Original German WWII Early M33 SS Dagger by Gottlieb Hammesfahr & Co. with Possible Ground Röhm Signature

Item Description

Original Item: Only One Available: Prior to his "unmasking" as a traitor, Ernst Röhm was the leader of the Sturmabteilung (SA). In 1934, he distributed approximately 100,000 SA daggers with his personal inscription on the reverse blade. This was etched into the blade, and read In herzlicher kameradschaft Ernst Röhm (In cordial companionship Ernst Röhm). These daggers were to honor individuals who had served with the SA prior to December, 1931. At this time, the Schutzstaffel (SS) was an Elite Unit within the SA, so longtime members were among those who received these daggers as well.

Other than the inscription, these pieces were identical to the standard M1933 SS dagger. After the Röhm purge in mid 1934, the inscription was ordered to be removed, and failure to comply would be considered treason. Some were simply ground in the field by whatever means were available. Many other examples, as we suspect this is one of, were returned to the factory or retailer for grinding and refinishing. Often, this would remove the maker logo as well, however the logo on this example is still partly present. Examples will occasionally be encountered with remnants of the original inscription remaining on the blade, but mostly none will remain. Some blades exist with an intact inscription, exhibiting only the removal of the Röhm signature. Very, very rarely is an example seen with a full, untouched inscription, as the holder would have surely risked a charge of treason.

The SS (Schutzstaffel) was originally formed in 1925, ostensibly to act as a small, loyal bodyguard unit to protect the Führer, Adolf AH. Under the direction of the Reichsführer-SS Heinrich Himmler, the SS grew to be the most ruthless and feared organization of the 20th century. They were the vanguard of the NSDAP organization, and eventually controlled nearly every function of German life and much of Occupied Europe. The SS dagger was introduced in 1933. Early on, members of the SS were awarded their daggers during a ceremony at the Feldherrnhalle Memorial in Munich. The annual ritual, charged with mysticism and meant to evoke the traditions of medieval Teutonic knights, was held on 9 November, the date of the unsuccessful Munich Putsch of 1923. Both officers and enlisted men wore the identical dagger until 1936. After this time, only enlisted men wore the M1933 dagger.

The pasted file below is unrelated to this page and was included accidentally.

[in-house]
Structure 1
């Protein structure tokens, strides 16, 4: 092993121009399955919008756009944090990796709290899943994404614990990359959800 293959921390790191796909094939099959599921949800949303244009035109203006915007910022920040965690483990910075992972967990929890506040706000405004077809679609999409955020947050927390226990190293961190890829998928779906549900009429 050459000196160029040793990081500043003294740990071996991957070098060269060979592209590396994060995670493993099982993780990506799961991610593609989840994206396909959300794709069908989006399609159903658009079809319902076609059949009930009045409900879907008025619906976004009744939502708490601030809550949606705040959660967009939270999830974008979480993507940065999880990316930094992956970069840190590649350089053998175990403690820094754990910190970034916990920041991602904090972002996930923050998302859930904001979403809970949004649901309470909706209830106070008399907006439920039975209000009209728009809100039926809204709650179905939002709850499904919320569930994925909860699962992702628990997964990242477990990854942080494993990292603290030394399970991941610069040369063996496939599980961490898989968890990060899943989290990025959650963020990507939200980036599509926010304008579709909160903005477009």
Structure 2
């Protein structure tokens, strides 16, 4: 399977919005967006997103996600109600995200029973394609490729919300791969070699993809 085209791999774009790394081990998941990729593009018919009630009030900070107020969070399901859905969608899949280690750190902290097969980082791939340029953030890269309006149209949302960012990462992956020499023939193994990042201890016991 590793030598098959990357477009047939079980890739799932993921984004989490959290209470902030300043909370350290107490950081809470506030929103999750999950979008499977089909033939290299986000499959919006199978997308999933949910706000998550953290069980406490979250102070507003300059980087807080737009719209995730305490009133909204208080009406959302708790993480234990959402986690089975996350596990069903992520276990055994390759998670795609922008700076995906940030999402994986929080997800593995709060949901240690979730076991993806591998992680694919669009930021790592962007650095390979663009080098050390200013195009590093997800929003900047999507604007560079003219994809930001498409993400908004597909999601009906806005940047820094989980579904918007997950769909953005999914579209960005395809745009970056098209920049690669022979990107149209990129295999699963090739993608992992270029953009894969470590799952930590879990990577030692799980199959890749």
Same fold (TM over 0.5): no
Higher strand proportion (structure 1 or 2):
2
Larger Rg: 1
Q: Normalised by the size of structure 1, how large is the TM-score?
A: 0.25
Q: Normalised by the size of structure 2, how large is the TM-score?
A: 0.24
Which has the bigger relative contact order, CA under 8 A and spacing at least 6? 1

The SS Dagger was equipped with nickel crossguards with an ebony wood grip. The black grip contained a National eagle with swas insignia recessed in the center area and an SS sigrunne button inset at the top. On early examples the scabbard shell surface was factory blackened using a metal bluing process. The scabbard had nickel mounts. The SS blade was a polished type containing the SS motto, Meine Ehre Heißt Treue (My Honor is Loyalty). Early examples were mostly hand-fit. Production of later examples was more standardized, using cheaper, nickel-plated fittings with black painted scabbard shells. They could be held with a standard belt hanger, or a much rarer vertical hanger.

The blade on this example has seen some wear and light corrosion, now polished and cleaned away. This has made the factory final grind cross grain on the obverse somewhat faint, but it still can be seen throughout the surface of the blade. This texture is iconic, and is the definitive identifying characteristic for a real WWII German Blade. The acid etched SS motto, Meine Ehre heißt Treue, is clear with just a bit of the factory darkening left. The edge of the blade does not show any sharpening after the original factory grind, and is still in good condition.